As I sit working on the Title VII Indian Education grant for the 2008 - 09 school year, I am struck by your article, ''Improved Indian education data collection needed'' [Vol. 27, Iss. 43]. My Indian Education program has 1,062 identified students: 8 percent of our district's enrollment, a significant population by California standards. I still cannot get disaggregated data from the state or my district on American Indian students, or accurate information on graduation rates or dropout records. I do know American Indian students are 1.7 times less likely to earn a high school diploma than their non-Indian counterparts.
I can get American Indian statistics like ''only 18 percent of our 11th-graders, 24 percent of 10th-graders and 32 percent of freshmen are proficient or above in mathematics.'' We require three years of math, including one year of advanced math and an additional requirement of passing the math portion of the high school exit exam, for graduation. How can 75 percent of our students be less than proficient in math, and yet we claim that 96 percent of American Indian students graduate? It doesn't make sense. We do not account for the number of students that are pushed into alternative education, herded into adult education classes, only to be dumped by the system.
Each year at this time I ask, ''Who is the advocate for Indian Education, the students and families we service?'' Who speaks for us? Certainly not the Office of Indian Education. In recent years, Indian Education has faced funding cuts each year. The Title VII grant is funded at a rate of $194 per student in California. My budget has $811 in discretionary funds for next year's program costs.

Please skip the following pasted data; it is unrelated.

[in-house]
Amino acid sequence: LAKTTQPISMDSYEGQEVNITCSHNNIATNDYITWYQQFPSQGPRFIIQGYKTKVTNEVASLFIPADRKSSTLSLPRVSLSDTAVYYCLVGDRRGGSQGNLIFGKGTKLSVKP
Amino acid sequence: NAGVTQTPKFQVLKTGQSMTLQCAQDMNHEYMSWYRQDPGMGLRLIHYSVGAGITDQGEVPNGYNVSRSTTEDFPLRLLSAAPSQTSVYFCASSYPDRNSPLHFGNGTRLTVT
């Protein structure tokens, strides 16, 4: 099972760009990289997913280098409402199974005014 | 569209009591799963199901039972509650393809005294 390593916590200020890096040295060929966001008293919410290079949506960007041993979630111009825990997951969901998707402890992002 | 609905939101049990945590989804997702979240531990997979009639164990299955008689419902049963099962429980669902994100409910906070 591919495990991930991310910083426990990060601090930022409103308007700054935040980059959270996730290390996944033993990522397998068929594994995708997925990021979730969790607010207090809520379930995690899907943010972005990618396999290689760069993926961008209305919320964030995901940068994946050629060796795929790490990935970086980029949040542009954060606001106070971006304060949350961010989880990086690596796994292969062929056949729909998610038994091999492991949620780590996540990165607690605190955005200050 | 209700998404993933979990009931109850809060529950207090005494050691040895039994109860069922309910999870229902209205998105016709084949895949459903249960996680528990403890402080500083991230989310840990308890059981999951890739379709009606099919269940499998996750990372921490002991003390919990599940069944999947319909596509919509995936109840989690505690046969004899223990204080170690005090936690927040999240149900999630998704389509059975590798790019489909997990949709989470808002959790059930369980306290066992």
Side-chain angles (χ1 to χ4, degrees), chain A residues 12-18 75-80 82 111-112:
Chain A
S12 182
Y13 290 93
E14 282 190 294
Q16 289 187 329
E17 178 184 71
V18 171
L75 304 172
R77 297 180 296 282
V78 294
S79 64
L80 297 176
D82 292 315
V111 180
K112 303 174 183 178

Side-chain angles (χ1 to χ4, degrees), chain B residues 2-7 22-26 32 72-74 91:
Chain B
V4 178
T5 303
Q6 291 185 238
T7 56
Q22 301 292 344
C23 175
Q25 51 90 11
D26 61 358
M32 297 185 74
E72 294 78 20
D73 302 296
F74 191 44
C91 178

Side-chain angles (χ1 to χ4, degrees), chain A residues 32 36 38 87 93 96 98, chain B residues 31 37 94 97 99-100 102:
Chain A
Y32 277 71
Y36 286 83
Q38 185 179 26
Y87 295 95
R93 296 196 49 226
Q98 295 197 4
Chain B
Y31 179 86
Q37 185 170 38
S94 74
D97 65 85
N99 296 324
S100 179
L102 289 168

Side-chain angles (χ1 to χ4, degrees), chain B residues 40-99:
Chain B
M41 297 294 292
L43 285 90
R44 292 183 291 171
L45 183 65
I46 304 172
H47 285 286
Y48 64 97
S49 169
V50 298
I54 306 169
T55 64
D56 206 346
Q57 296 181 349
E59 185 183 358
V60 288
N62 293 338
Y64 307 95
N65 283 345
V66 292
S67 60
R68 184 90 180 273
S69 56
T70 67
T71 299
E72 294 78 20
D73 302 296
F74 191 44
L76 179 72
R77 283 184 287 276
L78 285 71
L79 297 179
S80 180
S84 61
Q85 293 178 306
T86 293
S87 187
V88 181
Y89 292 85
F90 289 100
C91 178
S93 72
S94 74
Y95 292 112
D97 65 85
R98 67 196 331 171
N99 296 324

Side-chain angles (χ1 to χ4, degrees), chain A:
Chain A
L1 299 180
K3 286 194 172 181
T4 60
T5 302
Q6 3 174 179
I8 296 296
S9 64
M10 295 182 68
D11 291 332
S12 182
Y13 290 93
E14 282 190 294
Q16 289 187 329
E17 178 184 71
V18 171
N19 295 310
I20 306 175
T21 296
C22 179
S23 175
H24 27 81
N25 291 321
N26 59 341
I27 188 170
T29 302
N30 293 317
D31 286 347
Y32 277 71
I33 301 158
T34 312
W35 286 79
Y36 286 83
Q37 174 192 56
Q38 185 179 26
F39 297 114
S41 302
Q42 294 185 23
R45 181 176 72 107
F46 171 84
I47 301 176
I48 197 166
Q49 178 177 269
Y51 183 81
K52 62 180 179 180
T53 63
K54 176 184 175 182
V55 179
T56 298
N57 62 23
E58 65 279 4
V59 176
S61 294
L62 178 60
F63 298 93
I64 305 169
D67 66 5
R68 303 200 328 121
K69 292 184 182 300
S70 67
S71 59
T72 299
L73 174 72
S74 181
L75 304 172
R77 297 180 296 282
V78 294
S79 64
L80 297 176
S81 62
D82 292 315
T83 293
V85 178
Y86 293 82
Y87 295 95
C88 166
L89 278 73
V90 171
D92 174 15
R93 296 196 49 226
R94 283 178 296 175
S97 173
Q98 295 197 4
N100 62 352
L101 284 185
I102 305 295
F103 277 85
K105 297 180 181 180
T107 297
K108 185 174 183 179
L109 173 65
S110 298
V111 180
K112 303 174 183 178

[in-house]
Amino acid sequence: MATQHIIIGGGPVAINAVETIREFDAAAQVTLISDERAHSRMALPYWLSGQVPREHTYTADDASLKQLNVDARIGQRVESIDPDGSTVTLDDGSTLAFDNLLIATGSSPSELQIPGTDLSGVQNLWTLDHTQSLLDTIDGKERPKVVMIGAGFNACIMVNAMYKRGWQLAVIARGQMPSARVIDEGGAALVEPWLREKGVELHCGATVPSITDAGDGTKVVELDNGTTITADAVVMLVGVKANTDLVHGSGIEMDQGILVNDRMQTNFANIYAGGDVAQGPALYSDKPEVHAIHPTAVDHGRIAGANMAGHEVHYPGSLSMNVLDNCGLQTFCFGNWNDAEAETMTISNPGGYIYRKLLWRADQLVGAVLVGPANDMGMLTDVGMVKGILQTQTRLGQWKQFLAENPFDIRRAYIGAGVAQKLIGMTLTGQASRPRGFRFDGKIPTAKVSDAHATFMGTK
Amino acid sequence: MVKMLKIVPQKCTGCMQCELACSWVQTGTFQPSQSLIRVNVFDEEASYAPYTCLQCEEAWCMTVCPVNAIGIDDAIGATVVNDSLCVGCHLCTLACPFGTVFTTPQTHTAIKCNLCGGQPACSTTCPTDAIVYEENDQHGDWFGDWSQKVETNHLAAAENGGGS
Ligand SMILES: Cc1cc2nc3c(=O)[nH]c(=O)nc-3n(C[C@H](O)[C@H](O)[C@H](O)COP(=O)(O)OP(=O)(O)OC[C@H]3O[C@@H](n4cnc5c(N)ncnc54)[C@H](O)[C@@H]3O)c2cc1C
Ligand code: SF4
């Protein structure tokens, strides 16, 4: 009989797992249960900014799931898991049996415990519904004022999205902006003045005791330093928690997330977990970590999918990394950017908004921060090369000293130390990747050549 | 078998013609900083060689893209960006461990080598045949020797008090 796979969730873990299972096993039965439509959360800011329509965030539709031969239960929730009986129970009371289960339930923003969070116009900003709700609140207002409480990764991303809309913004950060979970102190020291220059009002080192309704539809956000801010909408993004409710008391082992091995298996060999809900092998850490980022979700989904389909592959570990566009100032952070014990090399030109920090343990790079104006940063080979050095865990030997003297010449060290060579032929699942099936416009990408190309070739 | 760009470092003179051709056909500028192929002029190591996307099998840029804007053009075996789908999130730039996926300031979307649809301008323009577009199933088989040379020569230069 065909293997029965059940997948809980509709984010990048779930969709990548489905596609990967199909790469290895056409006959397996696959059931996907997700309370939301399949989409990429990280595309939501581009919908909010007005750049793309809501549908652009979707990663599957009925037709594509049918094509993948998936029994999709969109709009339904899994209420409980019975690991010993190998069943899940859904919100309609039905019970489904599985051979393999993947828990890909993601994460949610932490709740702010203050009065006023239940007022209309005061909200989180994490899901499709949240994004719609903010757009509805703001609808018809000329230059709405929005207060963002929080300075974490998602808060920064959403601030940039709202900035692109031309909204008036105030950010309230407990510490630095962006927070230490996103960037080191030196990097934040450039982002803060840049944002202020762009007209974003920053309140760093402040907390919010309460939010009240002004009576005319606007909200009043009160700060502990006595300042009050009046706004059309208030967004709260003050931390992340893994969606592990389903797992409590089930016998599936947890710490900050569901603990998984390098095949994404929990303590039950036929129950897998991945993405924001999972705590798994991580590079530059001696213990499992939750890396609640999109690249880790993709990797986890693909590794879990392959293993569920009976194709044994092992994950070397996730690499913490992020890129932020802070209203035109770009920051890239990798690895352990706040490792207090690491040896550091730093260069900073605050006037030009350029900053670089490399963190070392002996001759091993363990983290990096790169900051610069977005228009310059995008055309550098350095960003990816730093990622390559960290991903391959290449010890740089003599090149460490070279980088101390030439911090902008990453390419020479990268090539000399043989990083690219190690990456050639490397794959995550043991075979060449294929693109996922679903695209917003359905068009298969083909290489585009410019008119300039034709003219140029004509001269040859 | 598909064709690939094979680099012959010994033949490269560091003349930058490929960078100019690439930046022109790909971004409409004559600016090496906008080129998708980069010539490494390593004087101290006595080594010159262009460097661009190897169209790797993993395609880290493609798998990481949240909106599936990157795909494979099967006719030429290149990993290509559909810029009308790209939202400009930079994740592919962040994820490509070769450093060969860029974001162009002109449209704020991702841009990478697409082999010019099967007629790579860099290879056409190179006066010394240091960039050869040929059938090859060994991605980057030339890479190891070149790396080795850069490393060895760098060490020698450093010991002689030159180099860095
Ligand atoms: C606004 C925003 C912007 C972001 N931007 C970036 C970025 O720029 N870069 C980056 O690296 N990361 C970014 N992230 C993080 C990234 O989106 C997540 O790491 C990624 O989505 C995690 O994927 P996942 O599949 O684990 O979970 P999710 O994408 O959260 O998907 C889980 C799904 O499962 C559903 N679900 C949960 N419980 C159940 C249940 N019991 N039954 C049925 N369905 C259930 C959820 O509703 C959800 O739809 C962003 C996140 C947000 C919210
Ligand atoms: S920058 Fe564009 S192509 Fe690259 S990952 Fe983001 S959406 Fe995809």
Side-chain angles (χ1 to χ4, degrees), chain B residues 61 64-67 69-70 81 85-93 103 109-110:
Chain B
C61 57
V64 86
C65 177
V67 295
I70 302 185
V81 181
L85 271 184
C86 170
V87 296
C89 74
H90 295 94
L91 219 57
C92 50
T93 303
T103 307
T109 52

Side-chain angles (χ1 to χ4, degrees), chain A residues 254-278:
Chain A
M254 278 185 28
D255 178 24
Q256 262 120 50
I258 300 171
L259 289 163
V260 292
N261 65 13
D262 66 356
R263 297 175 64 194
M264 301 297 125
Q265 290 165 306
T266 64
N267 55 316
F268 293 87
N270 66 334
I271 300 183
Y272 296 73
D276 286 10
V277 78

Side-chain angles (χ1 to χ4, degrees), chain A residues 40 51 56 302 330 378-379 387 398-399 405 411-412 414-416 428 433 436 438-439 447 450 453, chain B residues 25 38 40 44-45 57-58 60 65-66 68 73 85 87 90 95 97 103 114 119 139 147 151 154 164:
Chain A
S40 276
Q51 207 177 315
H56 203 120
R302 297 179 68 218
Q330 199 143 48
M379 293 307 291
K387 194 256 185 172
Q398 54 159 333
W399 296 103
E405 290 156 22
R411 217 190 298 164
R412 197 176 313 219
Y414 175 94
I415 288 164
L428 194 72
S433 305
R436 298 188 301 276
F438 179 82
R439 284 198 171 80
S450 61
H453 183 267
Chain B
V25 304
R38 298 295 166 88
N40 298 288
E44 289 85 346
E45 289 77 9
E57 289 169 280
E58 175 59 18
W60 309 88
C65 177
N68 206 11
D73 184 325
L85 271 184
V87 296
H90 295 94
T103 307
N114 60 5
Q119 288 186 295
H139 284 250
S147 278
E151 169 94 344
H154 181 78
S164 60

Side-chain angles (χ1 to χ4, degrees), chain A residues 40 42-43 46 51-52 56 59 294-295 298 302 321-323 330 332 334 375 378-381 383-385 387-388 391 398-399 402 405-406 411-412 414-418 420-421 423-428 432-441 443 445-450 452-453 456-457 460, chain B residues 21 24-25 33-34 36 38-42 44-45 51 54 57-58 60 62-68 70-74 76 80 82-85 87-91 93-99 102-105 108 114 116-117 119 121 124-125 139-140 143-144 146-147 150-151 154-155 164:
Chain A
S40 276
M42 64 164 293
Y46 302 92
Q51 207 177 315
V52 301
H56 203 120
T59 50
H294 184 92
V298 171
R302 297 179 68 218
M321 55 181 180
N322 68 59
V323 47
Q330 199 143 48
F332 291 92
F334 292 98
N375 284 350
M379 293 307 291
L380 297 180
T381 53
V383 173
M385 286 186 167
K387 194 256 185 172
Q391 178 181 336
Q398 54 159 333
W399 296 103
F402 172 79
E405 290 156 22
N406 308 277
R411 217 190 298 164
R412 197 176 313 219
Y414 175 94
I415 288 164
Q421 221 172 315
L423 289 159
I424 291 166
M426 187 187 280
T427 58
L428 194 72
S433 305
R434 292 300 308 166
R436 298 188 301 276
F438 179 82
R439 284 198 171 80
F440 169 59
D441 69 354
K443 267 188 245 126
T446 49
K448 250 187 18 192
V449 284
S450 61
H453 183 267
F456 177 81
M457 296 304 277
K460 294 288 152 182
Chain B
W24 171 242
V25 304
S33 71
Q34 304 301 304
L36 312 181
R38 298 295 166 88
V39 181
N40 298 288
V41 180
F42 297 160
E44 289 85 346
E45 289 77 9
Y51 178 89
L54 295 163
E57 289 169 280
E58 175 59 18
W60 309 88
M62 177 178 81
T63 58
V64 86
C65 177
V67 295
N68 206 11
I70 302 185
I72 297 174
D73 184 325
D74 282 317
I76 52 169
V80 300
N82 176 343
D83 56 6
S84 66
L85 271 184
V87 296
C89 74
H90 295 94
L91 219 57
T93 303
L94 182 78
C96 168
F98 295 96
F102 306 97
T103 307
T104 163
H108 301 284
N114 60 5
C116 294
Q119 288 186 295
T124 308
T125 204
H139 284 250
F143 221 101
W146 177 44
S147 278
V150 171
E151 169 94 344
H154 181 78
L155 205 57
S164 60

With this money we provide after-school tutoring, counseling and cultural activities. Each year we verify increases in grade point averages and higher numbers of American Indian students pass the high school exit exam. Our students' math SAT scores increased over a five-year period to be equal to those scores achieved by all other students. A large number of families attend counseling sessions to resolve issues and develop parenting skills; improvement was measured in graduation rates, attendance and behavior. I think that we do remarkably well with the budget that we have. We could do much more if we could return to the budgets of the late '90s. But, who is our advocate?
Indian Education dollars should be spent on research to explore how best to educate Indian children. We should receive additional funding to implement findings into culturally responsive ways to engage students in math, reading, writing and science. Instead, in the urban sector, we report back to OIE erroneous data that make our school district look good and point the way to a lack of need for more money to support Indian education.
My hope is board members like Quinton Roman Nose will champion for us. We need accurate data, for sure, but we need funds to run research and monies to fight in the trenches for our Indian children. Who will speak for our children? Will NIEA?
- Michael Folsom, M.S.
Choctaw Nation of Oklahoma school psychologist/Indian educationHuntington Beach, Calif.